A company which specialises in antibiotic resistance detection is carrying out global research from Inverness as it seeks to minimise the incorrect treatment of urinary tract infections.
ODx, based at the £4.5million Solasta House facility at Inverness Campus, is striving to reduce detection time from the current three-day turnaround to just one hour.
The firm opened their new facility and laboratory to The Press and Journal yesterday as they strive to deliver radical changes to sufferers of UTIs across the globe.
The infections are a growing cause of death and can develop into the more serious condition of urosepsis if treatment isn’t timely or effective.
Globally, more than 1.6million people die every year from UTIs with an estimated 150 million contracting the condition.
Inverness has beaten off stiff opposition from other locations around the globe, including Oxford, Cambridge, France and the United States, to host the new work.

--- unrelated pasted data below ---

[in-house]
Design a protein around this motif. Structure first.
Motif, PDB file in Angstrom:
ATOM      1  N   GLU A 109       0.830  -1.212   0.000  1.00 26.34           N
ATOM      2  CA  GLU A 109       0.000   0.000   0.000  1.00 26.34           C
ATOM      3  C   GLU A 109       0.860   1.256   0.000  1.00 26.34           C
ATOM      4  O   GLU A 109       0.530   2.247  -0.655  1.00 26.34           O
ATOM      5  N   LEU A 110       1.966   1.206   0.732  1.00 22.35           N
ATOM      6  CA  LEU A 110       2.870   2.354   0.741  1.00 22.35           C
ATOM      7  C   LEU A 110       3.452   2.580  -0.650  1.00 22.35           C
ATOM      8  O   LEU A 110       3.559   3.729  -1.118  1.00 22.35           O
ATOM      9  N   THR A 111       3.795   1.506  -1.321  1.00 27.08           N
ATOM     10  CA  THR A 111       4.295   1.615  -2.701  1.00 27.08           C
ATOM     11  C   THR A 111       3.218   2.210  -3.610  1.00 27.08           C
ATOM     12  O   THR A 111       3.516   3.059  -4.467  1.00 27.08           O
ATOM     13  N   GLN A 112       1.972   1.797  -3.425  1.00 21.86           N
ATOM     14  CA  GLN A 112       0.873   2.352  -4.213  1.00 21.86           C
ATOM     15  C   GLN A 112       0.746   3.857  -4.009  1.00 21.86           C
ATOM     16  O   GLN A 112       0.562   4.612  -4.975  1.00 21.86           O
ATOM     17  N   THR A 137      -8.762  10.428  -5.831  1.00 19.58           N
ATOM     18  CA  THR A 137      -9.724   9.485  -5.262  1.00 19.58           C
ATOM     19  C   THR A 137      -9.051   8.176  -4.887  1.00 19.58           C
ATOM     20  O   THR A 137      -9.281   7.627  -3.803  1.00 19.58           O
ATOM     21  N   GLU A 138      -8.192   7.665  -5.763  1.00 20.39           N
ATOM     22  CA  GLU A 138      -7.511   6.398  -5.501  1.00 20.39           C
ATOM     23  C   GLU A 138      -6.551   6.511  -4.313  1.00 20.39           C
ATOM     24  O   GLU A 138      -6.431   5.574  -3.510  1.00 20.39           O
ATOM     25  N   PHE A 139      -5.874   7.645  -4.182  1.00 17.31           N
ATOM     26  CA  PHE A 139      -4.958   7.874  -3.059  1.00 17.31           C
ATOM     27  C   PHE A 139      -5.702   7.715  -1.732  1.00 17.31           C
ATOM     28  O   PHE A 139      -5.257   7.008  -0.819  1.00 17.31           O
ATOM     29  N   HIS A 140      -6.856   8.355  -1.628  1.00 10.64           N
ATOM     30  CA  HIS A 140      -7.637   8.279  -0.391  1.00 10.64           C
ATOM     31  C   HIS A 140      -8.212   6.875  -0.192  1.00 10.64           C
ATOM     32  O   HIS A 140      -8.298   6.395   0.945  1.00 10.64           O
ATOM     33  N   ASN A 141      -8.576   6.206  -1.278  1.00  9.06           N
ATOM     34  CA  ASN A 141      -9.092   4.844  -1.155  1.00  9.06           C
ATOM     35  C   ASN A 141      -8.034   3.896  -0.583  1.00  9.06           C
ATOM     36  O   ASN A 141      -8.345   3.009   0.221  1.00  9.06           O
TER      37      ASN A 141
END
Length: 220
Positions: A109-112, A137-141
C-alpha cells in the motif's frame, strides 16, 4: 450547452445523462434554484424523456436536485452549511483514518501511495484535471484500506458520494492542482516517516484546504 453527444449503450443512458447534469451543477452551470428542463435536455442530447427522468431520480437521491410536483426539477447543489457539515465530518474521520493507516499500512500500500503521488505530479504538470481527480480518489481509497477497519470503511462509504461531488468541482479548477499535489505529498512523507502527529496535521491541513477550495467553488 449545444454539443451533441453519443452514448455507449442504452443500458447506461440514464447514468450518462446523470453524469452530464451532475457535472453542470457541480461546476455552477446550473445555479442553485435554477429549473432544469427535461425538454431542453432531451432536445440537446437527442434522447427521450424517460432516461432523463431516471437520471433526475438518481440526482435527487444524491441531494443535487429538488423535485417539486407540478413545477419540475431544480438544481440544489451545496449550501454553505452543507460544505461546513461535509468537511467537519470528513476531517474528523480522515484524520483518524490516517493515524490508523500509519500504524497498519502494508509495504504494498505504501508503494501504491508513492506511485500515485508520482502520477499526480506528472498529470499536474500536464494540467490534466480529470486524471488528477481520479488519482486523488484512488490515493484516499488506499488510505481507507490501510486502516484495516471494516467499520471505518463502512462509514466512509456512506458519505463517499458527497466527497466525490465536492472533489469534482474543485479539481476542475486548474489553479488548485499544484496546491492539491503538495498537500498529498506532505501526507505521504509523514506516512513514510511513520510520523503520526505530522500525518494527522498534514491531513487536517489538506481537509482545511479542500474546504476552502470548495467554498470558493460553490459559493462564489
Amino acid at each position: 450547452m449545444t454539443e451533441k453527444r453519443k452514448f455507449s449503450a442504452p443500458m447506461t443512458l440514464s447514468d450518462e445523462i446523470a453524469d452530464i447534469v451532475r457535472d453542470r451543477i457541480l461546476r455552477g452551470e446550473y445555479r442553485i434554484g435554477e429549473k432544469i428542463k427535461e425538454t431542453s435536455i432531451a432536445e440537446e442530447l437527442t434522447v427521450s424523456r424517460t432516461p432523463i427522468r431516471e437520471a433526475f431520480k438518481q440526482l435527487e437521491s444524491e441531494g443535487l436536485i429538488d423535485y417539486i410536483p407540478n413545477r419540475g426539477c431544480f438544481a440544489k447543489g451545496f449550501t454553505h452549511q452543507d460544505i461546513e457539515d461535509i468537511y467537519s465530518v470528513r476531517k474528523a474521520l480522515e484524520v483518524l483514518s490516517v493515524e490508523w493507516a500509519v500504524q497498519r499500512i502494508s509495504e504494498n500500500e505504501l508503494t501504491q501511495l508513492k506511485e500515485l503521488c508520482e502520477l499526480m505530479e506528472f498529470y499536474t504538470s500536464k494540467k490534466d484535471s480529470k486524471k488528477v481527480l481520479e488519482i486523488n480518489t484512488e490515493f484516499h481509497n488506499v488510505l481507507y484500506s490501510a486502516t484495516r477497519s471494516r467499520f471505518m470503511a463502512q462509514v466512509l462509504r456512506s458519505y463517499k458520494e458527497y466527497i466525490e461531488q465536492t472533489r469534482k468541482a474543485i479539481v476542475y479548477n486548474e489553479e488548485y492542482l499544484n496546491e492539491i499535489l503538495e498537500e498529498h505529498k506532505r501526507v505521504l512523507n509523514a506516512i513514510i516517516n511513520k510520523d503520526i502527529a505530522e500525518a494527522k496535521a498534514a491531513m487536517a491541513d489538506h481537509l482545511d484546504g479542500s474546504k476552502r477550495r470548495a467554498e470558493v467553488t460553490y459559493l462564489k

The firm, which has been in residence in the Highland capital since August, has developed its workforce in that time from one to the current 32 based at Solasta.
ODx is working on technology which will create a machine to allow for testing of urine samples to take place in-house and plans to install cost-saving machinery in place at GP practices in rural and island communities to reduce journey and diagnosis times.
It is hoped the development of the technology will have a knock-on effect in allowing patients quicker access to treatment.
Giles Hamilton, the company’s chief executive, said the firm was “passionate about trying to solve the problem of urinary tract infections and antimicrobial resistance (AMR) more generally”.
He added: “What we are trying to do is help healthcare professionals get an answer to the question, ‘have you got an infection or not’ first of all, and secondly, ‘if you have, what can we do about it?’.
“We can then establish if they need a drug and work towards getting the right drug. Right now, that process takes three days – we reckon we can get it done in an hour.
“We have invented a technology that allows us to look at any biological sample. We are choosing urine first because it is such a big clinical problem.”
Mr Hamilton confirmed the firm uses a friendly process to kill off bugs and ensure that no pollution leading to possible infection can occur.
He added: “The fact is people are dying of this and the figure is growing.
“About 150 million people a year globally get UTIs and the AMR threat, which is coming from the O’Neil report by the UK Government, suggests if something is not done about it, there are going to be 10 million deaths per year by 2050.”